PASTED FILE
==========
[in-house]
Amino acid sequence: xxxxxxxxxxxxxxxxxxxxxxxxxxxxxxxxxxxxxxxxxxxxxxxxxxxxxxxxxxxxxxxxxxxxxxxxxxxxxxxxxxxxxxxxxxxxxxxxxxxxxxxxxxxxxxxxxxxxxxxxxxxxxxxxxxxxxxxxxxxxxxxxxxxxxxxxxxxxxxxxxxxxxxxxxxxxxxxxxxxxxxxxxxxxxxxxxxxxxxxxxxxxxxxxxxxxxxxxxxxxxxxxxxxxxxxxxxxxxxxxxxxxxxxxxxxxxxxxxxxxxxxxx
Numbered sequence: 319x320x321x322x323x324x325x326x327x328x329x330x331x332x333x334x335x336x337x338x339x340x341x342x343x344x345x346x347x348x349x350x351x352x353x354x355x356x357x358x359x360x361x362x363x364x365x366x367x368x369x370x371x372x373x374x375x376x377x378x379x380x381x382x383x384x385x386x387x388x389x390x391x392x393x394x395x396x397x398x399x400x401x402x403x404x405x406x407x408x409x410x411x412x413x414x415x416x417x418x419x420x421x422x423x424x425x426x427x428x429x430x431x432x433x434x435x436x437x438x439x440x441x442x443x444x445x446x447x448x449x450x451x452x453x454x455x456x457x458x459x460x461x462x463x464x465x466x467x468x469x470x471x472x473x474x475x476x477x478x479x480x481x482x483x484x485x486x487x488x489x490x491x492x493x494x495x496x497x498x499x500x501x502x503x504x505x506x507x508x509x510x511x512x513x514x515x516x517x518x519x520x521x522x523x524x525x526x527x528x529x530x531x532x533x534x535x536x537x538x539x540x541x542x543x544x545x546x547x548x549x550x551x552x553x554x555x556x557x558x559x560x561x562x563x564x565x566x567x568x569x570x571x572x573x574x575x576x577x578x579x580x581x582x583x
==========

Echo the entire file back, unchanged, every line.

[in-house]
Amino acid sequence: xxxxxxxxxxxxxxxxxxxxxxxxxxxxxxxxxxxxxxxxxxxxxxxxxxxxxxxxxxxxxxxxxxxxxxxxxxxxxxxxxxxxxxxxxxxxxxxxxxxxxxxxxxxxxxxxxxxxxxxxxxxxxxxxxxxxxxxxxxxxxxxxxxxxxxxxxxxxxxxxxxxxxxxxxxxxxxxxxxxxxxxxxxxxxxxxxxxxxxxxxxxxxxxxxxxxxxxxxxxxxxxxxxxxxxxxxxxxxxxxxxxxxxxxxxxxxxxxxxxxxxxxx
Numbered sequence: 319x320x321x322x323x324x325x326x327x328x329x330x331x332x333x334x335x336x337x338x339x340x341x342x343x344x345x346x347x348x349x350x351x352x353x354x355x356x357x358x359x360x361x362x363x364x365x366x367x368x369x370x371x372x373x374x375x376x377x378x379x380x381x382x383x384x385x386x387x388x389x390x391x392x393x394x395x396x397x398x399x400x401x402x403x404x405x406x407x408x409x410x411x412x413x414x415x416x417x418x419x420x421x422x423x424x425x426x427x428x429x430x431x432x433x434x435x436x437x438x439x440x441x442x443x444x445x446x447x448x449x450x451x452x453x454x455x456x457x458x459x460x461x462x463x464x465x466x467x468x469x470x471x472x473x474x475x476x477x478x479x480x481x482x483x484x485x486x487x488x489x490x491x492x493x494x495x496x497x498x499x500x501x502x503x504x505x506x507x508x509x510x511x512x513x514x515x516x517x518x519x520x521x522x523x524x525x526x527x528x529x530x531x532x533x534x535x536x537x538x539x540x541x542x543x544x545x546x547x548x549x550x551x552x553x554x555x556x557x558x559x560x561x562x563x564x565x566x567x568x569x570x571x572x573x574x575x576x577x578x579x580x581x582x583x